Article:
Just in time for Christmas shopping, Patricia and Heidi have picked their top 10 books of the year. Here are Patricia’s picks:
My favourite mystery of 2012: The Invisible Ones, by Stef Penney
Investigator Ray Lovell is hired to find missing Romany wife Rose Janko – 7 years after her disappearance. What makes it so good? You feel like you’re getting an insider’s look into a notoriously private culture.
My favourite comedy of 2012: Hope: A Tragedy, by Shalom Auslander
Laugh out loud funny account of a Jewish-American man who finds Anne Frank alive in his attic. What makes it so good? Absurd humour and lots of it.
My favourite thriller of 2012: Gone Girl, by Gillian Flynn
A wife goes missing on her 5th anniversary. Is her husband to blame? What makes it so good? The plot is so twisted with characters so engagingly evil that it’s impossible to put this book down.
Orphan Alina is taken under the wing of Gravka’s second-in-charge, the Darkling, when it’s revealed that she has an unusual power. What makes it so good? The entwining of dark fantasy with Slavic myths.
The series I couldn’t stop reading in 2012: The Mortal Instruments, City of Lost Souls (Book #5) by Cassandra Clare**
Magic binds Clary’s true love and evil brother together in such a way that you can’t kill one without killing the other. What makes it so good? Demonhunters in love and difficult moral choices.
Best revamping of a classic: The Innocents, by Francesca Segal
Edith Wharton’s The Age of Innocence recast in a tightknit Jewish community in modern day London. What makes it so good? It’s a beautifully written examination of the line between comfort and claustrophobia.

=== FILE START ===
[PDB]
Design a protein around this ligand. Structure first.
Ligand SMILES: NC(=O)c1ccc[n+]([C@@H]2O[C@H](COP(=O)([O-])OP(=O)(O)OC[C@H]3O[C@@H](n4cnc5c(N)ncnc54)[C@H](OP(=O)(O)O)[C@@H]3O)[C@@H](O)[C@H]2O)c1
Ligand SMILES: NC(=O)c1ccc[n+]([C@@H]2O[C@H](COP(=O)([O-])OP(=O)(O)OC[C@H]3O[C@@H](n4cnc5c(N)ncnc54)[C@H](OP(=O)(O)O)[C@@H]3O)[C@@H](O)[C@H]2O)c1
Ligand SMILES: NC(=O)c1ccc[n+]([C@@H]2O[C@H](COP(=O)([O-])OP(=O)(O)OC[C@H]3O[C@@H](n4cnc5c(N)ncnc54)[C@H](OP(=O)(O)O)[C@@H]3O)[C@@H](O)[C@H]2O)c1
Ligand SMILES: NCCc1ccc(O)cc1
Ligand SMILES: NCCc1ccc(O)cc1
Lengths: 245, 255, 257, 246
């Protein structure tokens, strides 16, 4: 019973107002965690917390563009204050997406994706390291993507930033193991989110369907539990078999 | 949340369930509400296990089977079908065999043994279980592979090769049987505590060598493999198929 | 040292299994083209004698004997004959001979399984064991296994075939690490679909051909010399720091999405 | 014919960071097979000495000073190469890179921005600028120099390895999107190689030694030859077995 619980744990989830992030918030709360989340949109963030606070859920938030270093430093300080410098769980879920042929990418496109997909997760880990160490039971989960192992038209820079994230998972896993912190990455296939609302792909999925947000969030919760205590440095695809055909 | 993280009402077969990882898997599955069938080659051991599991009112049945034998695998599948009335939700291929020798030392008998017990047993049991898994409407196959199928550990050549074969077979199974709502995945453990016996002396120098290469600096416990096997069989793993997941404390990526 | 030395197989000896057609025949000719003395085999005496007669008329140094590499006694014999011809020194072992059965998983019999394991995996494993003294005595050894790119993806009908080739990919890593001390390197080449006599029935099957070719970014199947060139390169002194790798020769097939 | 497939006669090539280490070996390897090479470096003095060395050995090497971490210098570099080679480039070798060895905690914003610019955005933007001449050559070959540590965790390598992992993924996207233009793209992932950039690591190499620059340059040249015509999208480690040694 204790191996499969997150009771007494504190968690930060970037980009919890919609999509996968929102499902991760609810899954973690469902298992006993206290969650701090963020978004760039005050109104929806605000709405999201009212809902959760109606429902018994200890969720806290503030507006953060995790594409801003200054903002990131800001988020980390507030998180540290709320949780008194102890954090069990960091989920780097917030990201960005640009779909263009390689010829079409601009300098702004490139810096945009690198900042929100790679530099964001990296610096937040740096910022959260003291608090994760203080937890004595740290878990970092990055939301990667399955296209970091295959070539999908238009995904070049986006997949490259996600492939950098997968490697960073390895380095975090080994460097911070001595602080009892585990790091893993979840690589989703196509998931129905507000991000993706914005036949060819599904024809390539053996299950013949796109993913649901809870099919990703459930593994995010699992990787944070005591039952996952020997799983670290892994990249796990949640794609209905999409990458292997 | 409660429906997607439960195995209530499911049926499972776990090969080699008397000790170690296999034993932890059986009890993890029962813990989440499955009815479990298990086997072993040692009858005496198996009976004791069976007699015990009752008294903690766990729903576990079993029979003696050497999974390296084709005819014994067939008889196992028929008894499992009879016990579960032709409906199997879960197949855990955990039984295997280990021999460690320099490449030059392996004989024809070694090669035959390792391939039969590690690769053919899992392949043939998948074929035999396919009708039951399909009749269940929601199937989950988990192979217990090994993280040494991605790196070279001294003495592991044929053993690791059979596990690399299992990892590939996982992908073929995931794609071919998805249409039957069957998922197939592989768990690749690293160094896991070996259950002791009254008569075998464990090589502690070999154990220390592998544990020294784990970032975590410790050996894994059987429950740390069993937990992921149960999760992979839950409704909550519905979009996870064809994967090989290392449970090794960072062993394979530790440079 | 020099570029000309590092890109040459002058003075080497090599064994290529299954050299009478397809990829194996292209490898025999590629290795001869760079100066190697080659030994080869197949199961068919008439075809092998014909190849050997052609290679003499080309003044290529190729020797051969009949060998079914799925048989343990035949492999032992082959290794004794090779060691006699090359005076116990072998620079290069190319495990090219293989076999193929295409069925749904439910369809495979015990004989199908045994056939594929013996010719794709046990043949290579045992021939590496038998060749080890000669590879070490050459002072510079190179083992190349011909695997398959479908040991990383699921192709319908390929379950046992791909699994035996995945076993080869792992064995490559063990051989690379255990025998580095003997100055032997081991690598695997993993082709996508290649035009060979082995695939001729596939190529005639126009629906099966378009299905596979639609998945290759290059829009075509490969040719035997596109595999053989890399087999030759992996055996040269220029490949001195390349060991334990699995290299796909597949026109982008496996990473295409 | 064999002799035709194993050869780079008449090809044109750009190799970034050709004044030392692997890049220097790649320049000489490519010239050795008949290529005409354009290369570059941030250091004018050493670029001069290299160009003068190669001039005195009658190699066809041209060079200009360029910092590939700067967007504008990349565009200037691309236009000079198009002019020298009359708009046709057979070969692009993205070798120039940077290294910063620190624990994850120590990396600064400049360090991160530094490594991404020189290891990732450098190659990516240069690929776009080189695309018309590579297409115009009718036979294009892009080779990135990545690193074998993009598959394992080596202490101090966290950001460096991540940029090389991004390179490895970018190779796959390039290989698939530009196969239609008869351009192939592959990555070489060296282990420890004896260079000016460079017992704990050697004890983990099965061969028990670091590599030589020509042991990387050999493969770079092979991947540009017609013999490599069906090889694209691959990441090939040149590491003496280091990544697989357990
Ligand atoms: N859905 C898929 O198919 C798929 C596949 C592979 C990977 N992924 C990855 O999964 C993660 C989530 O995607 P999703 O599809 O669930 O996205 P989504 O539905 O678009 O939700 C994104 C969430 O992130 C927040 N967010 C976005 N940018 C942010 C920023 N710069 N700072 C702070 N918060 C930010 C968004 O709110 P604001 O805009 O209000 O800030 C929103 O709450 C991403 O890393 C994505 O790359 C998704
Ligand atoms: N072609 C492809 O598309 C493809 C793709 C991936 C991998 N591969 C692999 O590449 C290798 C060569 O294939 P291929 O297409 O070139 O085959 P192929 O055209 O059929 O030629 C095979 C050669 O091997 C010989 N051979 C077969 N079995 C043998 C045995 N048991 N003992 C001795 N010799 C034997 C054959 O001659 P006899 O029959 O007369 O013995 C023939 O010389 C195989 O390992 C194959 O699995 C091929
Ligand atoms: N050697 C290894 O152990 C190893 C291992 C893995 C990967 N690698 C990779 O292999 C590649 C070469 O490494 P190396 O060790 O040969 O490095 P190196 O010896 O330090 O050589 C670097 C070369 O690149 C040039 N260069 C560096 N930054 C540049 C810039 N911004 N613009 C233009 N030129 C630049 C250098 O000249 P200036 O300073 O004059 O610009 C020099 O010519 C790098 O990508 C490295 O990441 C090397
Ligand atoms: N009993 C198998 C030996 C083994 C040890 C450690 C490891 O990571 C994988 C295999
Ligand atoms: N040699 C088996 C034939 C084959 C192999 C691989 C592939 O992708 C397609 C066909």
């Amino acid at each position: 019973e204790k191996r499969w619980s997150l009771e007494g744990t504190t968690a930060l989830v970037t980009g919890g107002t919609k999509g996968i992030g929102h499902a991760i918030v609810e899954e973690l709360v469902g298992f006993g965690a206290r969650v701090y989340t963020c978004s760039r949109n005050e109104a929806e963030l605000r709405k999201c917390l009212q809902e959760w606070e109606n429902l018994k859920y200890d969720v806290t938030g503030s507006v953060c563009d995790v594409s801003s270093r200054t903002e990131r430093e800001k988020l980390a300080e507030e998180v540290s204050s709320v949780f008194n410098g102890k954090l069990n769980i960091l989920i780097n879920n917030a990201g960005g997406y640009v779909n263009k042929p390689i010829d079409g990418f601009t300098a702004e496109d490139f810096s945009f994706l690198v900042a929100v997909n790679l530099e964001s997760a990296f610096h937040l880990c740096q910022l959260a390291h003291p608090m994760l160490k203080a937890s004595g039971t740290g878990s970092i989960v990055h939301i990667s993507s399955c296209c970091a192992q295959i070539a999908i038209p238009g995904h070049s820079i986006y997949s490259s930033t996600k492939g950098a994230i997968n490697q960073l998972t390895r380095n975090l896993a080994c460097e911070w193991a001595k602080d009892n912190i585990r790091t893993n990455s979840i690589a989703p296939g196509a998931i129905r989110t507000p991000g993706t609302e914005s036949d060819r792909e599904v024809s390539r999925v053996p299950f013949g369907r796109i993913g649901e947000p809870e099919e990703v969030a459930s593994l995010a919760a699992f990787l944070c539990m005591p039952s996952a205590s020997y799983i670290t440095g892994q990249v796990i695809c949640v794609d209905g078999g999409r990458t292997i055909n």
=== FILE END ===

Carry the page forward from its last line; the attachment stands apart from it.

My favourite quirky read of 2012: A Working Theory of Love, by Scott Hutchins**
A recently divorced man falls into a relationship with a girl who’s in a kind of sex cult while working for an IT company aiming to use his dead father’s journals to create a sentient computer. What makes it good? The father-son relationship between Neill and the computer program based on his dad is bang-on. A deft balance of humour and heart.
My favourite literary fiction of 2012: The Street Sweeper, by Elliot Perlman
The Street Sweeper tells the story of the intersection between two lives: that of an ex-convict who befriends a Holocaust survivor and that of a failing academic who stumbles upon a new calling. What makes it so good? It’s a wonderfully plotted book, with memorable writing. Devastating and hopeful, without being too Hollywood. I loved it.
My favourite short story collection of 2012: Fairy Tales from the Brothers Grimm, by Philip Pullman*
Classic tales crisply retold. What makes it so good? Among other things, the endnotes to each story give a brief history of each tale, which adds depth.
Book that lived up to the hype best: Wild: From Lost to Found on the Pacific Crest Trail, by Cheryl Strayed
A twenty-six year old divorcee candidly describes her experience hiking in the wilderness on her own. What makes it so good? Strayed is so broken and imperfect, yet so relatable, that you can’t help but go on the journey with her.
A history of Hallelujah – one of Leonard Cohen’s most enduring songs. What makes it so good? The exuberant detail. I had no idea that Lemony Snicket played “Hallelujah” on the accordion at Neil Gaiman’s wedding in Michael Chabon’s apartment. Now I know.
My favourite book of 2012: The Fault in Our Stars, by John Green
Teens Hazel and Augustus meet at a cancer kid support group. What makes it so good? “Sometimes, you read a book and it fills you with this weird evangelical zeal, and you become convinced that the shattered world will never be put back together unless and until all living humans read the book.” — from The Fault in Our Stars
Stay tuned for Heidi’s Best Books of 2012 post tomorrow! What were your favourite books? Tell us in the comments.
*NetGalley was kind enough to provide Heidi and/or Patricia with copies of these books. (NW; The Holy or The Broken; Fairy Tales from The Brothers Grimm)
**Good Reads First Reads provided Patricia with promotional copies of these books. (A Working Theory of Love; The City of Lost Souls)